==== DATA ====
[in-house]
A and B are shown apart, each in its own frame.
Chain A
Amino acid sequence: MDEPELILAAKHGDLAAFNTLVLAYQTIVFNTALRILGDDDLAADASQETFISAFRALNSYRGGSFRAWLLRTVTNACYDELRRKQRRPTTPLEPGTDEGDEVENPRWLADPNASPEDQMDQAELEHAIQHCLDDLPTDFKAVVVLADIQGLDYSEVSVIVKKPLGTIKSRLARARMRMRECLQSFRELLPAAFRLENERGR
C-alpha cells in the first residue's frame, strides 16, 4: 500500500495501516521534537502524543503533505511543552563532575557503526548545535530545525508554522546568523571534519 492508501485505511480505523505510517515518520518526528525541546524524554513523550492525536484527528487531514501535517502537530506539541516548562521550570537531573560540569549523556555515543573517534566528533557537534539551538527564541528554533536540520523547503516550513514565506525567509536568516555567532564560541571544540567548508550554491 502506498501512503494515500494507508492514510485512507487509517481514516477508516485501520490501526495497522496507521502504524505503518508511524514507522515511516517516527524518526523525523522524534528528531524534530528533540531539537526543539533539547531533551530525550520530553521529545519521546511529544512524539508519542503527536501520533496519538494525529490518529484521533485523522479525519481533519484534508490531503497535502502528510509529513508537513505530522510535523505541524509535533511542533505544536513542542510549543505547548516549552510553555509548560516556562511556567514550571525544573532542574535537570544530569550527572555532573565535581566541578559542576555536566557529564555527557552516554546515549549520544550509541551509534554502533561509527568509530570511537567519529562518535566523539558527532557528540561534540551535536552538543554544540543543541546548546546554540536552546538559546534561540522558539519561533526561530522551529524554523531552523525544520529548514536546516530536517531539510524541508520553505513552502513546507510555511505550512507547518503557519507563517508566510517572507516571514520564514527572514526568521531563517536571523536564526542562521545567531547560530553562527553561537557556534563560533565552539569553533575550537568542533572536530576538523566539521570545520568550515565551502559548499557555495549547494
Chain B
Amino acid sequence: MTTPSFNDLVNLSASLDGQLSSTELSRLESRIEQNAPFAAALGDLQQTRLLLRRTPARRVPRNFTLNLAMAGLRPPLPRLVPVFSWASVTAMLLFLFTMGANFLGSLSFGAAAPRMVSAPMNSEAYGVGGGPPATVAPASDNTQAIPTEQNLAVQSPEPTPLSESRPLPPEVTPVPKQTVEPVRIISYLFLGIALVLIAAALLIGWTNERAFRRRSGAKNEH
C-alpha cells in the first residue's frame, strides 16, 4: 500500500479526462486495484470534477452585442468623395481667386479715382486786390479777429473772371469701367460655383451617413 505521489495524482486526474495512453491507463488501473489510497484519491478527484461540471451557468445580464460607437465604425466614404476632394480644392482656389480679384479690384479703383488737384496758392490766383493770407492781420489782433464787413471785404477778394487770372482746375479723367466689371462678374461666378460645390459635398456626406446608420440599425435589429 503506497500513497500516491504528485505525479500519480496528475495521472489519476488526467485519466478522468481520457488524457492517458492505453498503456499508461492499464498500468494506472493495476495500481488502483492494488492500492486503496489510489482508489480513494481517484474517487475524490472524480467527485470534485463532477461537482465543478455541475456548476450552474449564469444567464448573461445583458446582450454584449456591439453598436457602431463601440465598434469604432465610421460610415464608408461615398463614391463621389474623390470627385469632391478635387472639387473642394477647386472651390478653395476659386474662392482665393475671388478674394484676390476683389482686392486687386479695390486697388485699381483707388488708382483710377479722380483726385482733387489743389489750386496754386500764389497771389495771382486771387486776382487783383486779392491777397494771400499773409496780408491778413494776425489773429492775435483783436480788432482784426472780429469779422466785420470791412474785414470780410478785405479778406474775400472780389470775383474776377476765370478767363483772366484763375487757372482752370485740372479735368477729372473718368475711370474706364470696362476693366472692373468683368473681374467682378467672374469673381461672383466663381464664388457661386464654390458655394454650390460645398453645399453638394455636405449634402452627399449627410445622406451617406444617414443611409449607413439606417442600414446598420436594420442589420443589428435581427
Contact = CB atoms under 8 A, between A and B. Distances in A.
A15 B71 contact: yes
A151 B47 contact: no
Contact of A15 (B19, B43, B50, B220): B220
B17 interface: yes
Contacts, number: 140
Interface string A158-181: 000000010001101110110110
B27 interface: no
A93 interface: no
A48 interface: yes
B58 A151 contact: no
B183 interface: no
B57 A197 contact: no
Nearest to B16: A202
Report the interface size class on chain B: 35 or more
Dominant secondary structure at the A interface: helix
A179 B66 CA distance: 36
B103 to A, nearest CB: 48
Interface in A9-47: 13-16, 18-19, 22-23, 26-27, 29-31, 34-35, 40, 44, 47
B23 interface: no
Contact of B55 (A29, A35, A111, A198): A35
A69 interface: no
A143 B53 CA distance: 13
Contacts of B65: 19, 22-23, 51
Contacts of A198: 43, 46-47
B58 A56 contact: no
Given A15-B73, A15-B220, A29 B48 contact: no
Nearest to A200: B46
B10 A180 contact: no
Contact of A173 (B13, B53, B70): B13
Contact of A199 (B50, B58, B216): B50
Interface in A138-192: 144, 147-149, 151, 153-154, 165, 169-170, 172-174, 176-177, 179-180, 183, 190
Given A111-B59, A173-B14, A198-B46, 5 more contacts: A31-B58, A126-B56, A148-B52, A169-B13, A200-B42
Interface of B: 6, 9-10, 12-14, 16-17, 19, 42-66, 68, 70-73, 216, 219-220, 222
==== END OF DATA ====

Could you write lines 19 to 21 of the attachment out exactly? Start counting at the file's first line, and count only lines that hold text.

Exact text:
B58 A151 contact: no
B183 interface: no
B57 A197 contact: no